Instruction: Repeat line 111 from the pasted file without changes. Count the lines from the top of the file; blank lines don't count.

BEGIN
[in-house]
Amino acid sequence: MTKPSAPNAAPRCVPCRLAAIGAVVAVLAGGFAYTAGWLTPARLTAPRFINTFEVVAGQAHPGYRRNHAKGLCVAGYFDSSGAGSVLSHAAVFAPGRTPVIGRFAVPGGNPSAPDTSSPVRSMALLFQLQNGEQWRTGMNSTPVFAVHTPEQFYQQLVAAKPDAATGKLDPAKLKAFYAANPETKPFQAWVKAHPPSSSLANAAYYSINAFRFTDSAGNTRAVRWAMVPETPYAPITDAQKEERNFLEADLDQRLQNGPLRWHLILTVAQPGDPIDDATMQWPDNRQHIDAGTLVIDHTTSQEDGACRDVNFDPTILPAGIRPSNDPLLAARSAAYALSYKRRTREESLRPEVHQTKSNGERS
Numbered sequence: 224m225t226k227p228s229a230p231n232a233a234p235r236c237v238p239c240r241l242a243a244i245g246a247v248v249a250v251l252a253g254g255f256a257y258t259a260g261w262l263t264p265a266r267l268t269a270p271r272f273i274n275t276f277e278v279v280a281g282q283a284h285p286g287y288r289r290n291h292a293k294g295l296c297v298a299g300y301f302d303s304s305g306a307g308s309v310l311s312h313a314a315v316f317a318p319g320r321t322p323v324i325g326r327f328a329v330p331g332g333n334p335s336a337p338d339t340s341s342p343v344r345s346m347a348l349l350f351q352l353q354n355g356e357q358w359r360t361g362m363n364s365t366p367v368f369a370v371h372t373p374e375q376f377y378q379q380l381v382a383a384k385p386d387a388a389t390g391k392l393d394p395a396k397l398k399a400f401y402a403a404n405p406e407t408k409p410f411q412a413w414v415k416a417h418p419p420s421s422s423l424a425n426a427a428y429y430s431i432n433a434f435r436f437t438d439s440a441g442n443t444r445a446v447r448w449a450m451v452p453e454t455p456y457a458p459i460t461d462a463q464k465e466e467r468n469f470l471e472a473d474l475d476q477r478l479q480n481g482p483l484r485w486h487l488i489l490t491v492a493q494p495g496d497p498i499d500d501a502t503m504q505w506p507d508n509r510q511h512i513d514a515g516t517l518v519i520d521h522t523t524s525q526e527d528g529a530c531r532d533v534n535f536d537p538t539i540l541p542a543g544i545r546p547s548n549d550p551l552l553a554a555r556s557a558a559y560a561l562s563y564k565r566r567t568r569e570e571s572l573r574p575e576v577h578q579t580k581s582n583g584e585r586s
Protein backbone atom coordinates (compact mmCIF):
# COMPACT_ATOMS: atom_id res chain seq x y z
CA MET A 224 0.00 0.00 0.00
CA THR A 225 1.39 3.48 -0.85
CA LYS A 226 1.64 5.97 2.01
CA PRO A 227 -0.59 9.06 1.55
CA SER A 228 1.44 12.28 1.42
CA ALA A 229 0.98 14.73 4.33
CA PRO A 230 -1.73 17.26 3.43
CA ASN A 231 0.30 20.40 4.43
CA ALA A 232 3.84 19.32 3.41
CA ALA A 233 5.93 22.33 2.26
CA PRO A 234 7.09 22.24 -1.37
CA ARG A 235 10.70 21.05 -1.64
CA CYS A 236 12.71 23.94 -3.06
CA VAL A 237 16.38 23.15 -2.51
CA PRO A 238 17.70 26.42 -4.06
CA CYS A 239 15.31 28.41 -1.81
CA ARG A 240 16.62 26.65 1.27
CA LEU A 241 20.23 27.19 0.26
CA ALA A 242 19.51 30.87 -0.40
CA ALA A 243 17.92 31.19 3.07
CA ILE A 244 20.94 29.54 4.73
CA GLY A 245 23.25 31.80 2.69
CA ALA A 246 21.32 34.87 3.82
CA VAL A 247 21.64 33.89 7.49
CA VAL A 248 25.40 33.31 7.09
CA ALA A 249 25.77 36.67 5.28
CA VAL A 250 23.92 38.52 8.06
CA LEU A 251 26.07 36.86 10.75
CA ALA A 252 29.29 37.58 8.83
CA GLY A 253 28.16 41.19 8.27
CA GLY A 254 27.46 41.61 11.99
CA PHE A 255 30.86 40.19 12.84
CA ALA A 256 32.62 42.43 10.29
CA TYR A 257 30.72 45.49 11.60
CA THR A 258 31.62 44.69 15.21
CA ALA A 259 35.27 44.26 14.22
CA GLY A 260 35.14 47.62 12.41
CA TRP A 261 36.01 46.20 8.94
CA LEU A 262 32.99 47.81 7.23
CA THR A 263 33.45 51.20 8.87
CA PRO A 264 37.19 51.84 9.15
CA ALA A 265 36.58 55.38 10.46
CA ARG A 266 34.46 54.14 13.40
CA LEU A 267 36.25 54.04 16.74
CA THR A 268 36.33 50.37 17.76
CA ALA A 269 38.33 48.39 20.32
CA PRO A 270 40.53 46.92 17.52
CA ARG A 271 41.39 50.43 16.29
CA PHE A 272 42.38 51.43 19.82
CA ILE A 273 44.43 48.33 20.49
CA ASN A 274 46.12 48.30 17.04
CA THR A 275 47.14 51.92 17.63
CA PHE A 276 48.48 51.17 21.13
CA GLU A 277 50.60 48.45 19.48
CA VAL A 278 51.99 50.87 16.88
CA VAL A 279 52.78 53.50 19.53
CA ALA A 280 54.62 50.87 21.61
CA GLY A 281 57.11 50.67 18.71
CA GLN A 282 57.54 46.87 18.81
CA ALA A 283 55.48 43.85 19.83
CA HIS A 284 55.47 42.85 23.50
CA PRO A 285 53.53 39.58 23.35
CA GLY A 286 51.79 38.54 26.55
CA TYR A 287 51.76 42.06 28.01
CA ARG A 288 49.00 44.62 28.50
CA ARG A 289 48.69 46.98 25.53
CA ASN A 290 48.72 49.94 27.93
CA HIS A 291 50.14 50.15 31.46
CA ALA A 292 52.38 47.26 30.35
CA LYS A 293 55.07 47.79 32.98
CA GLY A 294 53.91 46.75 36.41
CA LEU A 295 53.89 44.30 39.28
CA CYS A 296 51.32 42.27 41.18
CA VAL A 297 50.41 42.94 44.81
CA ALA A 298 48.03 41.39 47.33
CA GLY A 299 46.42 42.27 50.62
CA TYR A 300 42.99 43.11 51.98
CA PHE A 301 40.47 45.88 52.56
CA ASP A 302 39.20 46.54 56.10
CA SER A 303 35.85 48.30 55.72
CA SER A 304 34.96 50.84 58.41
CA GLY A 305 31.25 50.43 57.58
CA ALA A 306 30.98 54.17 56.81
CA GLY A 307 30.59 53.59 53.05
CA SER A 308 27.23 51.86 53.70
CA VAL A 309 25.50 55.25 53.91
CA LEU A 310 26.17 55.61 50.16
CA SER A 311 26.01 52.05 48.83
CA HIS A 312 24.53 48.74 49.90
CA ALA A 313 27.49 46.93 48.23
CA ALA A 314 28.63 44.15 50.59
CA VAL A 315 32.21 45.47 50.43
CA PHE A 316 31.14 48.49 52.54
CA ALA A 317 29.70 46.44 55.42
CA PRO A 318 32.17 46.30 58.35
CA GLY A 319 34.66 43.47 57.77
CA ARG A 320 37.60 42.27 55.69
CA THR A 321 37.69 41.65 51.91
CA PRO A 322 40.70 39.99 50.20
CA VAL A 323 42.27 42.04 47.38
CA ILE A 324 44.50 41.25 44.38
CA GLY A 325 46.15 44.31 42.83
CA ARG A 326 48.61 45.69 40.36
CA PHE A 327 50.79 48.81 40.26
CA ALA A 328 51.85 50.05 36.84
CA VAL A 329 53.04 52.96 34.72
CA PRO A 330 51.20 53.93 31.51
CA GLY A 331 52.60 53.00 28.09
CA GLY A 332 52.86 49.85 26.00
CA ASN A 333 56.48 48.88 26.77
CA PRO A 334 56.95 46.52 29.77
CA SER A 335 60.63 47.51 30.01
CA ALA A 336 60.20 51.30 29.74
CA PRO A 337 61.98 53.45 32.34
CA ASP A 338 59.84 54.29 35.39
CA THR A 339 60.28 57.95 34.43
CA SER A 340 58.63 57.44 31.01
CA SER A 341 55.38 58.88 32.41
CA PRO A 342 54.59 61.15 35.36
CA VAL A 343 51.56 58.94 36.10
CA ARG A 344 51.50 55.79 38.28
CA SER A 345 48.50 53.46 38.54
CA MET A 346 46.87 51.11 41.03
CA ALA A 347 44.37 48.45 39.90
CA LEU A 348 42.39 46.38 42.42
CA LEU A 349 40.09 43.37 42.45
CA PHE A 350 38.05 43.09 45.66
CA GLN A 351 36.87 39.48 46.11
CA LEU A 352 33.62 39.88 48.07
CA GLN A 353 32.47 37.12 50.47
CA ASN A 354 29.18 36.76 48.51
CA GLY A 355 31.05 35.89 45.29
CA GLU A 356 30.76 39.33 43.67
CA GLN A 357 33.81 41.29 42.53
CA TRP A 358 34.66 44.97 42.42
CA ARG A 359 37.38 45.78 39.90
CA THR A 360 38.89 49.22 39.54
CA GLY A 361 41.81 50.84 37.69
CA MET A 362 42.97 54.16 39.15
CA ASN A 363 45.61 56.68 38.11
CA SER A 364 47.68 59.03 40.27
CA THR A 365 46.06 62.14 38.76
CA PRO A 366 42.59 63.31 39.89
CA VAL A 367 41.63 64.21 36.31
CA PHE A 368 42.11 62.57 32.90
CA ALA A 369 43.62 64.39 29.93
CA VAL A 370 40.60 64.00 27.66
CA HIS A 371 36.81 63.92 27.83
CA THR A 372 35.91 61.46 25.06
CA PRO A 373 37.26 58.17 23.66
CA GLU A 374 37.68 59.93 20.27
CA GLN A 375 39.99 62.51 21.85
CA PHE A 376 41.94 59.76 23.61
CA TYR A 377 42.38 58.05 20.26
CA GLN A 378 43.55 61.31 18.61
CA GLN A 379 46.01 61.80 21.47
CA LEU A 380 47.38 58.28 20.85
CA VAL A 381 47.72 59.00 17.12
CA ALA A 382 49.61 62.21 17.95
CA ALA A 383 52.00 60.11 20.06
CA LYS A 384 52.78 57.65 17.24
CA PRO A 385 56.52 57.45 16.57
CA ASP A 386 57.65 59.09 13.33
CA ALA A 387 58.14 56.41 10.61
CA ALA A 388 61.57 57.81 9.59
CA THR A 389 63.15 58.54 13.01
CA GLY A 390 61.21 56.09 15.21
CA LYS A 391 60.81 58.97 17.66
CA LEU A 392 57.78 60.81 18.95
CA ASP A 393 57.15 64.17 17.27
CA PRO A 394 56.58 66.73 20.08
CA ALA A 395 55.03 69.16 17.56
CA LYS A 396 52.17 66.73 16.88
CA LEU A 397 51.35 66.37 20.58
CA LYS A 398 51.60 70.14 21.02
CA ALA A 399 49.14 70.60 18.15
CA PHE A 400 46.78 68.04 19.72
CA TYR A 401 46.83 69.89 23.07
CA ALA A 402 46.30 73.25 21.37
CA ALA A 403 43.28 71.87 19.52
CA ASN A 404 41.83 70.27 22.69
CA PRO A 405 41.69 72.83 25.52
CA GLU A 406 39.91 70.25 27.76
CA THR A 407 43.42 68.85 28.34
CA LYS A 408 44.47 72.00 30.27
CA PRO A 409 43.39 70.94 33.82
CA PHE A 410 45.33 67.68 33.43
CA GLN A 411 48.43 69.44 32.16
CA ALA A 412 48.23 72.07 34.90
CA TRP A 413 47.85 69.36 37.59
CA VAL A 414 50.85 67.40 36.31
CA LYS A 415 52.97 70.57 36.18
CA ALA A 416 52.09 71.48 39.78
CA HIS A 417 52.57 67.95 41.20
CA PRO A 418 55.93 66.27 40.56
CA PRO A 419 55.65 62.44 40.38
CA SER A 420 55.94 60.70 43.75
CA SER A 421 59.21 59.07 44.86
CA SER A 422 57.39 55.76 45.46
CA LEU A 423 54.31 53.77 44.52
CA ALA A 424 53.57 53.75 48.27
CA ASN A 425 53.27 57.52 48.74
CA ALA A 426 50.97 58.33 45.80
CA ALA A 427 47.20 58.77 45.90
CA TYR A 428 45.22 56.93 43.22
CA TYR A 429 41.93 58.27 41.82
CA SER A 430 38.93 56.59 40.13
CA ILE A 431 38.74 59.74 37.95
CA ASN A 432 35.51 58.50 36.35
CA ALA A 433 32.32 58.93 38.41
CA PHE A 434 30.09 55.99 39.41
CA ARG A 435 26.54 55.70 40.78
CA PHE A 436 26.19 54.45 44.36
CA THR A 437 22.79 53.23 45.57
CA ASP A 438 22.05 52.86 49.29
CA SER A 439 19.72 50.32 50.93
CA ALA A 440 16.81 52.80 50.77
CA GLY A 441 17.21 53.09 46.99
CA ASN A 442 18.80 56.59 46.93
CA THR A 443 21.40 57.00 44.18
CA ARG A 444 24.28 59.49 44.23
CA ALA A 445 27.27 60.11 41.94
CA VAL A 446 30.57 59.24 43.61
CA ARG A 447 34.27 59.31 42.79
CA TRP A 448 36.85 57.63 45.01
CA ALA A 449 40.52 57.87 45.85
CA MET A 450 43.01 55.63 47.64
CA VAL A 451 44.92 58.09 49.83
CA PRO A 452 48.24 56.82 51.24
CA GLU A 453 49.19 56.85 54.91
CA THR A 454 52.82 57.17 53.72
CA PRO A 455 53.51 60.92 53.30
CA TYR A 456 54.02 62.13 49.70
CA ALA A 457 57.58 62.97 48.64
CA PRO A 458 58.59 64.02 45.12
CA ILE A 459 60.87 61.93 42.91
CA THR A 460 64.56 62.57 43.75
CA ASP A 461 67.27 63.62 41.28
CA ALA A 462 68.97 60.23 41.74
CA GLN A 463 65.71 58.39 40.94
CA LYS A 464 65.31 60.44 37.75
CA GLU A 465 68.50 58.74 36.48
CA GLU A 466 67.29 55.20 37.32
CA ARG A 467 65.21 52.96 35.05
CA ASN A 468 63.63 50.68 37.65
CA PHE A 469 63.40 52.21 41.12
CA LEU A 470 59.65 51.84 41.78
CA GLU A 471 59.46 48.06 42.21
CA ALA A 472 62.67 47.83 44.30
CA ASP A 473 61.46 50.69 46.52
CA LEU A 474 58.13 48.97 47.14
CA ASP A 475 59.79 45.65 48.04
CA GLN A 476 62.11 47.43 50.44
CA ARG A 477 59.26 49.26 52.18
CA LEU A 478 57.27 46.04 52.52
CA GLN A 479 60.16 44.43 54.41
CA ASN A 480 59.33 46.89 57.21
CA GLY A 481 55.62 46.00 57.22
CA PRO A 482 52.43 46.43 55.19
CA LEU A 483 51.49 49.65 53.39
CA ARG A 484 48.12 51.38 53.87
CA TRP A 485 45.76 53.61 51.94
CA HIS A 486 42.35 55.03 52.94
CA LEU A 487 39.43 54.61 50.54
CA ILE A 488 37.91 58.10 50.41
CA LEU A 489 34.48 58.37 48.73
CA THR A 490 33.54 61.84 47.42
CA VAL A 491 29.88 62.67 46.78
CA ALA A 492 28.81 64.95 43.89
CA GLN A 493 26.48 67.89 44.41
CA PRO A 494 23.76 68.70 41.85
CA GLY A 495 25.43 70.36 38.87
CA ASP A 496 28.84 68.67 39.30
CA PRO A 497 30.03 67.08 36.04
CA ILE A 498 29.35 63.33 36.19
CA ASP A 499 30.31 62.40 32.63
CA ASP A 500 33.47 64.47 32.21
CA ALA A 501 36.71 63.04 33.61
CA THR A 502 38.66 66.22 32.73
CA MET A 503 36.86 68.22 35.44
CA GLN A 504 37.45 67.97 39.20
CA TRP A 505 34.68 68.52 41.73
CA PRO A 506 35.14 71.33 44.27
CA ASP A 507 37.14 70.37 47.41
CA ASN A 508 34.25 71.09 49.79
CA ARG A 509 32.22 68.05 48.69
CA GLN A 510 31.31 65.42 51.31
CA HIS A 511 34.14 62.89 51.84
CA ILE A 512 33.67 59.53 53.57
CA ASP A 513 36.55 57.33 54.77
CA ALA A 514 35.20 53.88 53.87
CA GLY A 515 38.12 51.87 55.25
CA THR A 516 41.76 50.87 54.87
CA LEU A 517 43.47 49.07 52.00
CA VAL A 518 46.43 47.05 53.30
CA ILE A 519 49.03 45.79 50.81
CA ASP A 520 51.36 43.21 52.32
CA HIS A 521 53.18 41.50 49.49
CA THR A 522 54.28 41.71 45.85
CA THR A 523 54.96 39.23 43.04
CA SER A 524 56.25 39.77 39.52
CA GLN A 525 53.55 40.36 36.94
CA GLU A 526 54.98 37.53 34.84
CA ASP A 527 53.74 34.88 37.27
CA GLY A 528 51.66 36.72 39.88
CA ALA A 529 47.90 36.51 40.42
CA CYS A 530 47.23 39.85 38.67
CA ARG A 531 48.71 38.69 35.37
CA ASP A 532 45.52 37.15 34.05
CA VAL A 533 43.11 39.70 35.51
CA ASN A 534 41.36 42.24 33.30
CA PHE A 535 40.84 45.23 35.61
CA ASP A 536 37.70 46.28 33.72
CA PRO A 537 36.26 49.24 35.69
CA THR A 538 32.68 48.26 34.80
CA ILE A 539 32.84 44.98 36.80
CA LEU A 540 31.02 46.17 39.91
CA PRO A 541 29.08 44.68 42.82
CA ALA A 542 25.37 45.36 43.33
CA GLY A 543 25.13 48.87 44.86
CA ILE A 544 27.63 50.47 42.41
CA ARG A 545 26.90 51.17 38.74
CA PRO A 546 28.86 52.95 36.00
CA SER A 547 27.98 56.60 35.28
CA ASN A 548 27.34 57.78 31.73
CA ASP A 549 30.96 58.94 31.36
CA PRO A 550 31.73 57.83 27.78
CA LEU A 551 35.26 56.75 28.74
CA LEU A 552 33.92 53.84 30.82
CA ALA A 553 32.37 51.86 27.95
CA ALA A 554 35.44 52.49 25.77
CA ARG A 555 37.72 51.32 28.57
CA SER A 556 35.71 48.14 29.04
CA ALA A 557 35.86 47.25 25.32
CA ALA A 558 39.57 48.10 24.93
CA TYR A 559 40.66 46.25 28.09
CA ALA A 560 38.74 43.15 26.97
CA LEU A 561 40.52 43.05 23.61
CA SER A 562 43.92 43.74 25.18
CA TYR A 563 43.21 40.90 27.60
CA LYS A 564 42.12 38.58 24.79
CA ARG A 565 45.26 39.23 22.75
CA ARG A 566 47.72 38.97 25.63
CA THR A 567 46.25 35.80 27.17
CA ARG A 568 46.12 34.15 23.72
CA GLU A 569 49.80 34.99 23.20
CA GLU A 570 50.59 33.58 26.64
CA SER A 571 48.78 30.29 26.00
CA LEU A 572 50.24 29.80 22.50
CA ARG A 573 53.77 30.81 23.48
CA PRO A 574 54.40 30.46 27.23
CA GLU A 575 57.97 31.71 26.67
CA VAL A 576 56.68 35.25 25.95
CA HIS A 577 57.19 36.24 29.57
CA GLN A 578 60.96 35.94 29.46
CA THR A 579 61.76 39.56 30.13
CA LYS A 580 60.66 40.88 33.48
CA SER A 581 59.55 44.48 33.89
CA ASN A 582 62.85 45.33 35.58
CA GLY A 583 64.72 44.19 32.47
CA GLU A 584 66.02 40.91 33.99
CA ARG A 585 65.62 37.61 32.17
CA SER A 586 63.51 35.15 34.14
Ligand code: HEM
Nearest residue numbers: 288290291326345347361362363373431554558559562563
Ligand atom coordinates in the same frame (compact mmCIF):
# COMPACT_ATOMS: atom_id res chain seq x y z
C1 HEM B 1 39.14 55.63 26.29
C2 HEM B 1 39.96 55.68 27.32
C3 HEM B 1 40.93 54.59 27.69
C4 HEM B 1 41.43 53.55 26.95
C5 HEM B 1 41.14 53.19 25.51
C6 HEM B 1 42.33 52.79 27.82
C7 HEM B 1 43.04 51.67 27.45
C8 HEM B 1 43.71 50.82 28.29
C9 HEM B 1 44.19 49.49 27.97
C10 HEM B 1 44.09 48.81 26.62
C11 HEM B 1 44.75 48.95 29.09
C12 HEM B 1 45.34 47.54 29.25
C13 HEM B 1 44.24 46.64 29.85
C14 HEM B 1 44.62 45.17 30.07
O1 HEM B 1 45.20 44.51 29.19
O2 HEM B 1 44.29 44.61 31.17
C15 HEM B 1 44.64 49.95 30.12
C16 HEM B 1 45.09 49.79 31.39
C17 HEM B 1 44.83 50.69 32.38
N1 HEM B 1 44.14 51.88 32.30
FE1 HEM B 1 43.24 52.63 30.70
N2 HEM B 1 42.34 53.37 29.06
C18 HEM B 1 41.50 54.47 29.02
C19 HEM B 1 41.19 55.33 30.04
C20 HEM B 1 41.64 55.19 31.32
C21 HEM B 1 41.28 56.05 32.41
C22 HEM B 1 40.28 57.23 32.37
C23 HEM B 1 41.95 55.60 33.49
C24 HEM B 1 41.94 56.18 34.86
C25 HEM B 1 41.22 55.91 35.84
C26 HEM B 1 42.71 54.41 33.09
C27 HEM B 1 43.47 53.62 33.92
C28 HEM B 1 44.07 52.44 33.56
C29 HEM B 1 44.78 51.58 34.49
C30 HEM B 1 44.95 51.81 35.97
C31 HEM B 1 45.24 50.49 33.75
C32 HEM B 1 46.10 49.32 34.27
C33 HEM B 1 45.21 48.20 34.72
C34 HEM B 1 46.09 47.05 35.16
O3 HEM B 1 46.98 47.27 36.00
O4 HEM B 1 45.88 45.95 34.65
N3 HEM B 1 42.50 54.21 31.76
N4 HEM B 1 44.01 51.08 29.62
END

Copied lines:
CA VAL A 329 53.04 52.96 34.72